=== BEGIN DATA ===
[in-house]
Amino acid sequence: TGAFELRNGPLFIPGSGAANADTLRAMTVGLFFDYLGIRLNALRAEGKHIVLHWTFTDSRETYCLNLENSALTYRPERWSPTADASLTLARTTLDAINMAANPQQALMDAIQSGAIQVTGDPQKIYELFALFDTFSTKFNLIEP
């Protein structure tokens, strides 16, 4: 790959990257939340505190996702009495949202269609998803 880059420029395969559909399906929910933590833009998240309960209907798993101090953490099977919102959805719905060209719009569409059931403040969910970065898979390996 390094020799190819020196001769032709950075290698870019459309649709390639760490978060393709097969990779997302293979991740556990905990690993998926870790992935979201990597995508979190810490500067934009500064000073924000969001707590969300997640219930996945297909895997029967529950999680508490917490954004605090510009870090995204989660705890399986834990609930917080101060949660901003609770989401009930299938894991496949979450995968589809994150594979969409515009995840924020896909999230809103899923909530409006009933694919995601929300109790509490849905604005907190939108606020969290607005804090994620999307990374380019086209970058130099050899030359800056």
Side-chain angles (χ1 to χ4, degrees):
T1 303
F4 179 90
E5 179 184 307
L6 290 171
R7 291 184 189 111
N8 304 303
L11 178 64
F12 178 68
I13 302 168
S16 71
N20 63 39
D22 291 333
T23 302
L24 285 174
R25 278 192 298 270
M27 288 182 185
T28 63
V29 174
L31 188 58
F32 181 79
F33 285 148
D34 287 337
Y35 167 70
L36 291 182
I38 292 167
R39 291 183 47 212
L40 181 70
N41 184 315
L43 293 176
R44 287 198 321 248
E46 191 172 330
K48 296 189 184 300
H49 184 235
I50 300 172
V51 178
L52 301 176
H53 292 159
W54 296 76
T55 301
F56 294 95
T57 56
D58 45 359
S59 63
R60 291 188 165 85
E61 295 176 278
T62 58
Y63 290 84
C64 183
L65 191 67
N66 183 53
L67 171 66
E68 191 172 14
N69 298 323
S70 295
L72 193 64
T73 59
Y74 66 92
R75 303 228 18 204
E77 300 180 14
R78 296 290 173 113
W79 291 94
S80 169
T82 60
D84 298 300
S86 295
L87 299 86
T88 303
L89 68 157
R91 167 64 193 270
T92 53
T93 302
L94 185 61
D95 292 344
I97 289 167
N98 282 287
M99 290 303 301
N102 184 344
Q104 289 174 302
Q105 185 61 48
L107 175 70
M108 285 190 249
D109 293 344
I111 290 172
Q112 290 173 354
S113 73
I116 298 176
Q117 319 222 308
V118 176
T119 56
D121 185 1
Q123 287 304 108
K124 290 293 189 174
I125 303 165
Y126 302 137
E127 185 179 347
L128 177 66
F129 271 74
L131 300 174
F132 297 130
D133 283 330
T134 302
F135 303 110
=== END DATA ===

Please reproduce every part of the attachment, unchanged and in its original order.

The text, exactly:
[in-house]
Amino acid sequence: TGAFELRNGPLFIPGSGAANADTLRAMTVGLFFDYLGIRLNALRAEGKHIVLHWTFTDSRETYCLNLENSALTYRPERWSPTADASLTLARTTLDAINMAANPQQALMDAIQSGAIQVTGDPQKIYELFALFDTFSTKFNLIEP
């Protein structure tokens, strides 16, 4: 790959990257939340505190996702009495949202269609998803 880059420029395969559909399906929910933590833009998240309960209907798993101090953490099977919102959805719905060209719009569409059931403040969910970065898979390996 390094020799190819020196001769032709950075290698870019459309649709390639760490978060393709097969990779997302293979991740556990905990690993998926870790992935979201990597995508979190810490500067934009500064000073924000969001707590969300997640219930996945297909895997029967529950999680508490917490954004605090510009870090995204989660705890399986834990609930917080101060949660901003609770989401009930299938894991496949979450995968589809994150594979969409515009995840924020896909999230809103899923909530409006009933694919995601929300109790509490849905604005907190939108606020969290607005804090994620999307990374380019086209970058130099050899030359800056």
Side-chain angles (χ1 to χ4, degrees):
T1 303
F4 179 90
E5 179 184 307
L6 290 171
R7 291 184 189 111
N8 304 303
L11 178 64
F12 178 68
I13 302 168
S16 71
N20 63 39
D22 291 333
T23 302
L24 285 174
R25 278 192 298 270
M27 288 182 185
T28 63
V29 174
L31 188 58
F32 181 79
F33 285 148
D34 287 337
Y35 167 70
L36 291 182
I38 292 167
R39 291 183 47 212
L40 181 70
N41 184 315
L43 293 176
R44 287 198 321 248
E46 191 172 330
K48 296 189 184 300
H49 184 235
I50 300 172
V51 178
L52 301 176
H53 292 159
W54 296 76
T55 301
F56 294 95
T57 56
D58 45 359
S59 63
R60 291 188 165 85
E61 295 176 278
T62 58
Y63 290 84
C64 183
L65 191 67
N66 183 53
L67 171 66
E68 191 172 14
N69 298 323
S70 295
L72 193 64
T73 59
Y74 66 92
R75 303 228 18 204
E77 300 180 14
R78 296 290 173 113
W79 291 94
S80 169
T82 60
D84 298 300
S86 295
L87 299 86
T88 303
L89 68 157
R91 167 64 193 270
T92 53
T93 302
L94 185 61
D95 292 344
I97 289 167
N98 282 287
M99 290 303 301
N102 184 344
Q104 289 174 302
Q105 185 61 48
L107 175 70
M108 285 190 249
D109 293 344
I111 290 172
Q112 290 173 354
S113 73
I116 298 176
Q117 319 222 308
V118 176
T119 56
D121 185 1
Q123 287 304 108
K124 290 293 189 174
I125 303 165
Y126 302 137
E127 185 179 347
L128 177 66
F129 271 74
L131 300 174
F132 297 130
D133 283 330
T134 302
F135 303 110